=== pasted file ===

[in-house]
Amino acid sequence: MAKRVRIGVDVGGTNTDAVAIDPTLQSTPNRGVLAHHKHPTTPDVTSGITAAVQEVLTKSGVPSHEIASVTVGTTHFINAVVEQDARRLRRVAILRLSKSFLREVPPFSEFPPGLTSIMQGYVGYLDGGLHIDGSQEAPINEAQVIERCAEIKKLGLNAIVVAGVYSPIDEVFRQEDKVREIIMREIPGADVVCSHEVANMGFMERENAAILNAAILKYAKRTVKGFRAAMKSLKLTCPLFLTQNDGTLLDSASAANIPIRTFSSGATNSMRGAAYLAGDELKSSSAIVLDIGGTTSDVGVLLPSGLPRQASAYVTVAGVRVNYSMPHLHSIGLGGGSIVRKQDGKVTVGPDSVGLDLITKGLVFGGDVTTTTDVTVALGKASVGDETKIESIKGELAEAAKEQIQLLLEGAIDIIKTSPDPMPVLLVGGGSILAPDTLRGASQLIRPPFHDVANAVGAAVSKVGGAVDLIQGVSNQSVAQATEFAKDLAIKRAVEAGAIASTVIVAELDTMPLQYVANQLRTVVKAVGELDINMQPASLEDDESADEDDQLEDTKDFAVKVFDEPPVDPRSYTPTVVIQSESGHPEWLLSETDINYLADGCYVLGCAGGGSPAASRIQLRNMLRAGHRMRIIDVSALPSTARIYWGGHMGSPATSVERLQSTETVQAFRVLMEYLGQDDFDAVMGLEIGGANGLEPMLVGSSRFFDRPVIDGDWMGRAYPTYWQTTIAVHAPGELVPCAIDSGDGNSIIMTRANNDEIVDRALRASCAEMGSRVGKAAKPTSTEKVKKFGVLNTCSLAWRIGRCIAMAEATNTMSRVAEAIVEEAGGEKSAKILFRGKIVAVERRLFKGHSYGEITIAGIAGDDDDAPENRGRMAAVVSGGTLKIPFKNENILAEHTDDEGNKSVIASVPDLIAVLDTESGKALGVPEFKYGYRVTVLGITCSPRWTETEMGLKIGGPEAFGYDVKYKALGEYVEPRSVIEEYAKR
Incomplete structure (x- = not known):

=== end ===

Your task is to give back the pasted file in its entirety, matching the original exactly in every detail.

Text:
[in-house]
Amino acid sequence: MAKRVRIGVDVGGTNTDAVAIDPTLQSTPNRGVLAHHKHPTTPDVTSGITAAVQEVLTKSGVPSHEIASVTVGTTHFINAVVEQDARRLRRVAILRLSKSFLREVPPFSEFPPGLTSIMQGYVGYLDGGLHIDGSQEAPINEAQVIERCAEIKKLGLNAIVVAGVYSPIDEVFRQEDKVREIIMREIPGADVVCSHEVANMGFMERENAAILNAAILKYAKRTVKGFRAAMKSLKLTCPLFLTQNDGTLLDSASAANIPIRTFSSGATNSMRGAAYLAGDELKSSSAIVLDIGGTTSDVGVLLPSGLPRQASAYVTVAGVRVNYSMPHLHSIGLGGGSIVRKQDGKVTVGPDSVGLDLITKGLVFGGDVTTTTDVTVALGKASVGDETKIESIKGELAEAAKEQIQLLLEGAIDIIKTSPDPMPVLLVGGGSILAPDTLRGASQLIRPPFHDVANAVGAAVSKVGGAVDLIQGVSNQSVAQATEFAKDLAIKRAVEAGAIASTVIVAELDTMPLQYVANQLRTVVKAVGELDINMQPASLEDDESADEDDQLEDTKDFAVKVFDEPPVDPRSYTPTVVIQSESGHPEWLLSETDINYLADGCYVLGCAGGGSPAASRIQLRNMLRAGHRMRIIDVSALPSTARIYWGGHMGSPATSVERLQSTETVQAFRVLMEYLGQDDFDAVMGLEIGGANGLEPMLVGSSRFFDRPVIDGDWMGRAYPTYWQTTIAVHAPGELVPCAIDSGDGNSIIMTRANNDEIVDRALRASCAEMGSRVGKAAKPTSTEKVKKFGVLNTCSLAWRIGRCIAMAEATNTMSRVAEAIVEEAGGEKSAKILFRGKIVAVERRLFKGHSYGEITIAGIAGDDDDAPENRGRMAAVVSGGTLKIPFKNENILAEHTDDEGNKSVIASVPDLIAVLDTESGKALGVPEFKYGYRVTVLGITCSPRWTETEMGLKIGGPEAFGYDVKYKALGEYVEPRSVIEEYAKR
Incomplete structure (x- = not known):